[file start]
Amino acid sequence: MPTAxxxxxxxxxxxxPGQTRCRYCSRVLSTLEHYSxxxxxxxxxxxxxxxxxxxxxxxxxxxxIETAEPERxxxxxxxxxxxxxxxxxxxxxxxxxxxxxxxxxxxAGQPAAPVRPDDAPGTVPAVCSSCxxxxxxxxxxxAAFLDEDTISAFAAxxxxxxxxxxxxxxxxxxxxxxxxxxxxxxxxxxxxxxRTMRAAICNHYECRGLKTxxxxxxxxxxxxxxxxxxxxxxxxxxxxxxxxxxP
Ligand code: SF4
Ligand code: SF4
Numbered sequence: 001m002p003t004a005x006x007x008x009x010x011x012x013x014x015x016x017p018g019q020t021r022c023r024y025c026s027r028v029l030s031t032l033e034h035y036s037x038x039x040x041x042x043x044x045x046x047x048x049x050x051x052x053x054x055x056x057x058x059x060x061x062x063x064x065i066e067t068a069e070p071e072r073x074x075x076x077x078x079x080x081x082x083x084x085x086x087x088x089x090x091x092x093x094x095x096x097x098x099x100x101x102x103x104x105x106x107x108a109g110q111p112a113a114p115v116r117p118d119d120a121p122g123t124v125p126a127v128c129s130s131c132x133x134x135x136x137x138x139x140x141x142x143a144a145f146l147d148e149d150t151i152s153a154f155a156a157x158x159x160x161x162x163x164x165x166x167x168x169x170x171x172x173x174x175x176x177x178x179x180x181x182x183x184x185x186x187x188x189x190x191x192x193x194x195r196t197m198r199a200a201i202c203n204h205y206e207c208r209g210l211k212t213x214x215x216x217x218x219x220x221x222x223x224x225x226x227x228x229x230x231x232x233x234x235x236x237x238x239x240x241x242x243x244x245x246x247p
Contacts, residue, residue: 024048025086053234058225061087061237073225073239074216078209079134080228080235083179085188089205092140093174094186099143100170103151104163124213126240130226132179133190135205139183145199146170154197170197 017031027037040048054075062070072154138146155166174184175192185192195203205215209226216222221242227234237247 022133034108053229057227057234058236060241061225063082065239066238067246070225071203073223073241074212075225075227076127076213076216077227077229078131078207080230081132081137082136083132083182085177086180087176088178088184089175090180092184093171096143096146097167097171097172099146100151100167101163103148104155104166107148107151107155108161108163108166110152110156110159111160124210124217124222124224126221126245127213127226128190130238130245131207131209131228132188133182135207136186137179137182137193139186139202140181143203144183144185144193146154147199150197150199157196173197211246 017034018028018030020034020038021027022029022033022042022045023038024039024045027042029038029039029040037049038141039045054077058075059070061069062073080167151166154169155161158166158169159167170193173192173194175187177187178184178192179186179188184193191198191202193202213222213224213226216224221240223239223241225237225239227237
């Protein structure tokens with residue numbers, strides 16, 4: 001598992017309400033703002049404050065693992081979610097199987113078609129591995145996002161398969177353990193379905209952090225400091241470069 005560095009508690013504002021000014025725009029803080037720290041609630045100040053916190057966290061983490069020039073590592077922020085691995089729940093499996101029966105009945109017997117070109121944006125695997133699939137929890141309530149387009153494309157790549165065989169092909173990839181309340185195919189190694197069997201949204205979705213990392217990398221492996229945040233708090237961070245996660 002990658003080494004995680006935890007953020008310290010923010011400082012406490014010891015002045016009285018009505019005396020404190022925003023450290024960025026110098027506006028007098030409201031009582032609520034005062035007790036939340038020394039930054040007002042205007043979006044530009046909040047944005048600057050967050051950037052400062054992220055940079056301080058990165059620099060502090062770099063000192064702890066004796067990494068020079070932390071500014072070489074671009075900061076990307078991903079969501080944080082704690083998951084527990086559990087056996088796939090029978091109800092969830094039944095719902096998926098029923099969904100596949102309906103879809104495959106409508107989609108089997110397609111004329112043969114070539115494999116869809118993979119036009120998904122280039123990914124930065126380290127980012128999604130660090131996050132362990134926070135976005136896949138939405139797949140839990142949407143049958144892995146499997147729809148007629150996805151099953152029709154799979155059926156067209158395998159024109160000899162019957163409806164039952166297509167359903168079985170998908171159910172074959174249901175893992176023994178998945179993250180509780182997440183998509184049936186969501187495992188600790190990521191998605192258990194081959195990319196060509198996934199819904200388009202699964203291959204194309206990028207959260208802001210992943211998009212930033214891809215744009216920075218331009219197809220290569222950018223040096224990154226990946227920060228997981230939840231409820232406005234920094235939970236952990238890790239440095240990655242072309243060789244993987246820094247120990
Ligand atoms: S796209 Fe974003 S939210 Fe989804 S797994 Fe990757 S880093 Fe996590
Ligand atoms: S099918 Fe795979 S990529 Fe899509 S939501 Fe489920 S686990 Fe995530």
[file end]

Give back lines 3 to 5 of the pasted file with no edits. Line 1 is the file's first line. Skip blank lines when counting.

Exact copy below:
Ligand code: SF4
Numbered sequence: 001m002p003t004a005x006x007x008x009x010x011x012x013x014x015x016x017p018g019q020t021r022c023r024y025c026s027r028v029l030s031t032l033e034h035y036s037x038x039x040x041x042x043x044x045x046x047x048x049x050x051x052x053x054x055x056x057x058x059x060x061x062x063x064x065i066e067t068a069e070p071e072r073x074x075x076x077x078x079x080x081x082x083x084x085x086x087x088x089x090x091x092x093x094x095x096x097x098x099x100x101x102x103x104x105x106x107x108a109g110q111p112a113a114p115v116r117p118d119d120a121p122g123t124v125p126a127v128c129s130s131c132x133x134x135x136x137x138x139x140x141x142x143a144a145f146l147d148e149d150t151i152s153a154f155a156a157x158x159x160x161x162x163x164x165x166x167x168x169x170x171x172x173x174x175x176x177x178x179x180x181x182x183x184x185x186x187x188x189x190x191x192x193x194x195r196t197m198r199a200a201i202c203n204h205y206e207c208r209g210l211k212t213x214x215x216x217x218x219x220x221x222x223x224x225x226x227x228x229x230x231x232x233x234x235x236x237x238x239x240x241x242x243x244x245x246x247p
Contacts, residue, residue: 024048025086053234058225061087061237073225073239074216078209079134080228080235083179085188089205092140093174094186099143100170103151104163124213126240130226132179133190135205139183145199146170154197170197 017031027037040048054075062070072154138146155166174184175192185192195203205215209226216222221242227234237247 022133034108053229057227057234058236060241061225063082065239066238067246070225071203073223073241074212075225075227076127076213076216077227077229078131078207080230081132081137082136083132083182085177086180087176088178088184089175090180092184093171096143096146097167097171097172099146100151100167101163103148104155104166107148107151107155108161108163108166110152110156110159111160124210124217124222124224126221126245127213127226128190130238130245131207131209131228132188133182135207136186137179137182137193139186139202140181143203144183144185144193146154147199150197150199157196173197211246 017034018028018030020034020038021027022029022033022042022045023038024039024045027042029038029039029040037049038141039045054077058075059070061069062073080167151166154169155161158166158169159167170193173192173194175187177187178184178192179186179188184193191198191202193202213222213224213226216224221240223239223241225237225239227237